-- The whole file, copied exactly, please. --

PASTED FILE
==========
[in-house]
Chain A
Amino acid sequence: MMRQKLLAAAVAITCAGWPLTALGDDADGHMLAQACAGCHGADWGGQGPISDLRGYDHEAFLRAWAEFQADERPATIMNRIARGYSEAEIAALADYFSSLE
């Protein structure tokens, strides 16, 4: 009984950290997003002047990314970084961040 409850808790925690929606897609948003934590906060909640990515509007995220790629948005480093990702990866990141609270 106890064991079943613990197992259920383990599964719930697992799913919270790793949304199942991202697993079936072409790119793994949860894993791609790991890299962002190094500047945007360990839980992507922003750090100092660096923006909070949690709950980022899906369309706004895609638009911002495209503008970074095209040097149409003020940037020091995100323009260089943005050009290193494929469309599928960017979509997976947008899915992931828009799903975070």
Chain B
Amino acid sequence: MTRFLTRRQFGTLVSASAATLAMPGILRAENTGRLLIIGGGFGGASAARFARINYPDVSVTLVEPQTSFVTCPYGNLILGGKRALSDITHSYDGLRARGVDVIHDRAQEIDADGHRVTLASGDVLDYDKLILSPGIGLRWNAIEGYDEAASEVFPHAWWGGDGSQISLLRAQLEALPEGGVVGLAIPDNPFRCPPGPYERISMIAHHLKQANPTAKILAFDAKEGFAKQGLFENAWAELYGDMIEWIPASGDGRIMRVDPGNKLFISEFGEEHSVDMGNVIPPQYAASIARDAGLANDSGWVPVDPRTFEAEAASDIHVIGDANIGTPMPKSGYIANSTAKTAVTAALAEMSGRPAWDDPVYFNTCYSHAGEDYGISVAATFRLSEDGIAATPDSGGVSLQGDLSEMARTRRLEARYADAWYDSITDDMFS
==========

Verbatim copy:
[in-house]
Chain A
Amino acid sequence: MMRQKLLAAAVAITCAGWPLTALGDDADGHMLAQACAGCHGADWGGQGPISDLRGYDHEAFLRAWAEFQADERPATIMNRIARGYSEAEIAALADYFSSLE
């Protein structure tokens, strides 16, 4: 009984950290997003002047990314970084961040 409850808790925690929606897609948003934590906060909640990515509007995220790629948005480093990702990866990141609270 106890064991079943613990197992259920383990599964719930697992799913919270790793949304199942991202697993079936072409790119793994949860894993791609790991890299962002190094500047945007360990839980992507922003750090100092660096923006909070949690709950980022899906369309706004895609638009911002495209503008970074095209040097149409003020940037020091995100323009260089943005050009290193494929469309599928960017979509997976947008899915992931828009799903975070």
Chain B
Amino acid sequence: MTRFLTRRQFGTLVSASAATLAMPGILRAENTGRLLIIGGGFGGASAARFARINYPDVSVTLVEPQTSFVTCPYGNLILGGKRALSDITHSYDGLRARGVDVIHDRAQEIDADGHRVTLASGDVLDYDKLILSPGIGLRWNAIEGYDEAASEVFPHAWWGGDGSQISLLRAQLEALPEGGVVGLAIPDNPFRCPPGPYERISMIAHHLKQANPTAKILAFDAKEGFAKQGLFENAWAELYGDMIEWIPASGDGRIMRVDPGNKLFISEFGEEHSVDMGNVIPPQYAASIARDAGLANDSGWVPVDPRTFEAEAASDIHVIGDANIGTPMPKSGYIANSTAKTAVTAALAEMSGRPAWDDPVYFNTCYSHAGEDYGISVAATFRLSEDGIAATPDSGGVSLQGDLSEMARTRRLEARYADAWYDSITDDMFS